Friday, March 11, 2016
Belief that Donald Trump will be the Republican presidential nominee remains near record highs.
The latest Rasmussen Reports national Trump Change survey finds that 80% of Likely Republican Voters still believe the billionaire businessman is likely to win this year’s GOP nomination, with 48% who say it’s Very Likely. That compares to 80% and an all-time high of 50% a week ago. (To see survey question wording, click here.)
Among all likely voters, 74% think Trump is likely to be the Republican nominee, including 39% who say it is Very Likely. That compares to 75% and 45% in the previous survey, the highest findings since Rasmussen Reports began the weekly Trump Change survey last August.
This survey was taken Tuesday and Wednesday evenings, so it does not include reactions to last night’s GOP debate.
When Trump announced his candidacy in mid-June of last year, just 27% of Republicans – and 23% of all voters – said he was likely to end up as the 2016 GOP nominee.
Fifteen percent (15%) of Republicans say Trump is unlikely to win the nomination, but that includes only six percent (6%) who feel it is Not At All Likely. Nineteen percent (19%) of all voters share this perception, with seven percent (7%) who see a Trump nomination as Not At All Likely.
The survey of 1,000 Likely Voters was conducted on March 8-9, 2016 by Rasmussen Reports. The margin of sampling error is +/- 3 percentage points with a 95% level of confidence. Field work for all Rasmussen Reports surveys is conducted by Pulse Opinion Research, LLC. See methodology.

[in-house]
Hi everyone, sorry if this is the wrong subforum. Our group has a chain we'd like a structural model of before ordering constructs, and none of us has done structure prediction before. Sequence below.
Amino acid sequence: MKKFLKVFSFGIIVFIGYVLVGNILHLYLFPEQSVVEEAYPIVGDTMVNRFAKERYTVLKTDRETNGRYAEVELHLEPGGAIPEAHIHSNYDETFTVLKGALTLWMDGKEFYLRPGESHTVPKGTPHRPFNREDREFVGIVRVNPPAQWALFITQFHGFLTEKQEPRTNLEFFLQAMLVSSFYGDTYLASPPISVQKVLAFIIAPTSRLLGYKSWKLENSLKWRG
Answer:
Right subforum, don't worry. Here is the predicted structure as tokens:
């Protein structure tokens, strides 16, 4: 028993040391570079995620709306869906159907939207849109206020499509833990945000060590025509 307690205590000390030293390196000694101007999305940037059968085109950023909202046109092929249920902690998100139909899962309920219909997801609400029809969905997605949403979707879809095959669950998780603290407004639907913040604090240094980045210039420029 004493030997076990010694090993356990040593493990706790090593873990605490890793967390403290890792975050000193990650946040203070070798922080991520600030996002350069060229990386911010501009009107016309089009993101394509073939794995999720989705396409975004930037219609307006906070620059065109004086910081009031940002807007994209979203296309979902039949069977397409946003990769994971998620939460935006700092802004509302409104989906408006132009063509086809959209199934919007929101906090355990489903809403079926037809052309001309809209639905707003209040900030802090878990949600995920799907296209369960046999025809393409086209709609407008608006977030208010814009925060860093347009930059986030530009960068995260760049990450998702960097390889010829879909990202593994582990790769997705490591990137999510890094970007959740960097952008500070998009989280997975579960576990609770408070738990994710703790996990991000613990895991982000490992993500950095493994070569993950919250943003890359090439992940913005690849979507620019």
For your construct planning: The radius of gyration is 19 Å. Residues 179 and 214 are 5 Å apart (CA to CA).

Only 31% of Republicans think candidates who don’t win the party’s presidential nomination should be required to publicly support the person who is nominated. Thirty-six percent (36%) of GOP voters – and 24% of all voters – say they are likely to vote for Trump if he fails to win the Republican nomination and runs as a third-party candidate.
Men remain more confident than women that Trump will be the eventual nominee, although a sizable majority of women believe that’s likely to be the case.
Roughly three-out-of-four voters of all ages see Trump as likely to win the Republican nomination.
Seventy-nine percent (79%) of voters not affiliated with either major party expect Trump to be the nominee, compared to 65% of Democrats.
Eighty-one percent (81%) of Democrats say Hillary Clinton is likely to be their presidential nominee this year, according to our latest monthly Hillary Meter.
Mitt Romney, the unsuccessful Republican presidential nominee in 2012, has come out swinging against Trump and has even indicated he might accept the GOP nomination this year at a brokered national convention. But Romney’s endorsement doesn’t mean much to voters nor are they likely to vote for him in the fall.
Some in the Republican establishment are pushing the phrase “Never Trump” on social media as an expression of opposition to his success in the primaries. When asked which phrase best represents their opinion of Trump, 54% of all voters say “Never Trump,” while just 23% say “Always Trump," a phrase pushed by his most ardent supporters. GOP voters, though, are evenly divided.
Democrats are more excited about a Clinton-Trump matchup this fall than Republicans are.
Rasmussen Reports is a media company specializing in the collection, publication and distribution of public opinion information.
We conduct public opinion polls on a variety of topics to inform our audience on events in the news and other topics of interest. To ensure editorial control and independence, we pay for the polls ourselves and generate revenue through the sale of subscriptions, sponsorships, and advertising. Nightly polling on politics, business and lifestyle topics provides the content to update the Rasmussen Reports web site many times each day. If it's in the news, it's in our polls. Additionally, the data drives a daily update newsletter and various media outlets across the country.
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